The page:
Maleficent: Mistress of Evil

Disney’s live action remakes are much more common now, but the first Maleficent was an experiment in this area. The film explored an alternate perspective from the original story that portrayed Maleficent in a more sympathetic light. The original movie was a tale of betrayal and learning to love again. I honestly didn’t want to see this be about personal relationships with the same light-hearted tone or very dark and dramatic. This movie delivers an original story full of adventure and intrigue. To me, the trailers undersold what they were doing in this film.

The film starts out in the night. We see three humans in the moors (the fairy sanctuary and Maleficent and Aurora’s home), they are there to abduct some creatures and sell them for profit. We see the horned Maleficent (Angelina Jolie) approach them and capture 2 of the intruders. The third human grabs a mushroom creature and escapes back to the kingdom to deliver the creature to the base of the tower. We then see the next morning where Aurora (Ellie Fanning) is holding her royal court. Some of the fairies steal her crown and lead her to a tree where Prince Philip (Harris Dickinson) is waiting.

Philip proposes to Aurora, and she accepts. Diaval (Sam Riley) reports this to Maleficent and she storms off to confront Aurora. Maleficent at first doesn’t accept this idea of marriage, but she eventually goes so far as to agree to meet Philip’s parents at a dinner. King John (Robert Lindsay) seems excited for Philip but Queen Ingrith (Michelle Pfeiffer) doesn’t seem happy at the prospect. Maleficent gets in an argument with Queen Ingrith at dinner and gets ready to leave, flourishing her wings. Suddenly, King John falls into a deep sleep, and Maleficent flees only to be shot down. A large figure with wings dives into the water and retrieves wounded Maleficent.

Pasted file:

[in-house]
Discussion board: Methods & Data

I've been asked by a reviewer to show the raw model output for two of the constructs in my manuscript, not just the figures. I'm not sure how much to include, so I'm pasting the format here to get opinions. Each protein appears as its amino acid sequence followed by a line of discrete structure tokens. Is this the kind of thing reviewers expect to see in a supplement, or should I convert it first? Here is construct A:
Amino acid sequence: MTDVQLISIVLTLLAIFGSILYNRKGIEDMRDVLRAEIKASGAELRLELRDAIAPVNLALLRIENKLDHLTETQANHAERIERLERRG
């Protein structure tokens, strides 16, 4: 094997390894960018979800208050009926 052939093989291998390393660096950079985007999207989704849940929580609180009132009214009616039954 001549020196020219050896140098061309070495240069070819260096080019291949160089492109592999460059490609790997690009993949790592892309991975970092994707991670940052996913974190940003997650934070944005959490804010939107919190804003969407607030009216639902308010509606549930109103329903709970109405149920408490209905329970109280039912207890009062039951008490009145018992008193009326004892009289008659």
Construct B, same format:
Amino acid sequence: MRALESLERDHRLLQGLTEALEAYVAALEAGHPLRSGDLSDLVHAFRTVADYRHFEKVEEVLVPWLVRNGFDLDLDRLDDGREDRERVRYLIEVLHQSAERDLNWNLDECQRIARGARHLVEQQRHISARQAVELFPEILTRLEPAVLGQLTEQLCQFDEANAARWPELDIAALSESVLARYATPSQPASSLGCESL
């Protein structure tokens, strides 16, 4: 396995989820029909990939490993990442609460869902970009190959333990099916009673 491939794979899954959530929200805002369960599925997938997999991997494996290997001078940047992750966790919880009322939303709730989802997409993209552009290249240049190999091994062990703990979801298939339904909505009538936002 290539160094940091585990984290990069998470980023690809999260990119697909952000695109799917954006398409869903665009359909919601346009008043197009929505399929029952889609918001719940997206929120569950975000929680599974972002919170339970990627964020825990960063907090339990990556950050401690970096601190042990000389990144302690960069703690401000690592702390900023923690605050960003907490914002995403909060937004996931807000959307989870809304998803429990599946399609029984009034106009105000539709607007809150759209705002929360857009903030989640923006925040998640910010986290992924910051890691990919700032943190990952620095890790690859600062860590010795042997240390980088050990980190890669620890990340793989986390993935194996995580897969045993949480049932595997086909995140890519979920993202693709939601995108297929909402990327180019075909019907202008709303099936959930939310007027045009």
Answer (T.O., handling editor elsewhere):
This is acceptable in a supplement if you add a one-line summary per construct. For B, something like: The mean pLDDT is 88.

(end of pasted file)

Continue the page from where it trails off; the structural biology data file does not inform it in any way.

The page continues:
I think the advertising campaign did a poor job describing even the early conflict, so I tried to go a bit further. This movie has three main ideas taking place: the fairy abductions, the struggle of Aurora between her home with the fairies and the human lifestyle, and Maleficent coming to terms with whether fairies can live in peace with human. If it were one or two of these story lines it may feel too simple, but all-together they stand as a stronger narrative. Maleficent: Mistress of Evil is a high fantasy adventure movie that really improves on the series. The special effects, costume design, and general creativity makes this a great experience to me. Rated PG

Ryan

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